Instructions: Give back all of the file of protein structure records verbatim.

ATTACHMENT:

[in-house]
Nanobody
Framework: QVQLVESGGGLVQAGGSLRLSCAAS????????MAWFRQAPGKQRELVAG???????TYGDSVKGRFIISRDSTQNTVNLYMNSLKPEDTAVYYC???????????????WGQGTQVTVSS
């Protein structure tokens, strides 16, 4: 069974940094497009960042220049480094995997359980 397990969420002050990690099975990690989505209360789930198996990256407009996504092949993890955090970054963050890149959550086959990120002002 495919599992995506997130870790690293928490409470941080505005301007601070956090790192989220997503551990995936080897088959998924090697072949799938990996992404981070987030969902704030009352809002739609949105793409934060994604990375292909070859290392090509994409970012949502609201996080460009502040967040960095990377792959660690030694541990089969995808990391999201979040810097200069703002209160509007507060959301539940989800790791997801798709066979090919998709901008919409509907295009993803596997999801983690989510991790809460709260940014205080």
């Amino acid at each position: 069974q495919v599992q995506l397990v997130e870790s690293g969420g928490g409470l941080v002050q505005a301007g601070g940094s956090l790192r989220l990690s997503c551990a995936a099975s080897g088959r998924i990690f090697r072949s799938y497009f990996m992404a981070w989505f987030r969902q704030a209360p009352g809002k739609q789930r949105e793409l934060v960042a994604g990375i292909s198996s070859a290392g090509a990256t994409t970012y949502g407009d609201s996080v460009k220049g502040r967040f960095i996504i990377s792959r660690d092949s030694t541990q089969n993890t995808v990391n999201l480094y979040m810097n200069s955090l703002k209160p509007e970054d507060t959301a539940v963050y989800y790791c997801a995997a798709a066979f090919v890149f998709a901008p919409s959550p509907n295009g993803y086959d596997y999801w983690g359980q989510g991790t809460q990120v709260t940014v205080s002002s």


[in-house]
Nanobody
Framework: QVQLVESGGGLVQAGGSLRLSCAAS????????MAWFRQAPGKQRELVAG???????TYGDSVKGRFIISRDSTQNTVNLYMNSLKPEDTAVYYC???????????????WGQGTQVTVSS
């Protein structure tokens, strides 16, 4: 069974940094497009960042220049480094995997359980 397990969420002050990690099975990690989505209360789930198996990256407009996504092949993890955090970054963050890149959550086959990120002002 495919599992995506997130870790690293928490409470941080505005301007601070956090790192989220997503551990995936080897088959998924090697072949799938990996992404981070987030969902704030009352809002739609949105793409934060994604990375292909070859290392090509994409970012949502609201996080460009502040967040960095990377792959660690030694541990089969995808990391999201979040810097200069703002209160509007507060959301539940989800790791997801798709066979090919998709901008919409509907295009993803596997999801983690989510991790809460709260940014205080």
């Amino acid at each position: 069974q495919v599992q995506l397990v997130e870790s690293g969420g928490g409470l941080v002050q505005a301007g601070g940094s956090l790192r989220l990690s997503c551990a995936a099975s080897g088959r998924i990690f090697r072949s799938y497009f990996m992404a981070w989505f987030r969902q704030a209360p009352g809002k739609q789930r949105e793409l934060v960042a994604g990375i292909s198996s070859a290392g090509a990256t994409t970012y949502g407009d609201s996080v460009k220049g502040r967040f960095i996504i990377s792959r660690d092949s030694t541990q089969n993890t995808v990391n999201l480094y979040m810097n200069s955090l703002k209160p509007e970054d507060t959301a539940v963050y989800y790791c997801a995997a798709a066979f090919v890149f998709a901008p919409s959550p509907n295009g993803y086959d596997y999801w983690g359980q989510g991790t809460q990120v709260t940014v205080s002002s």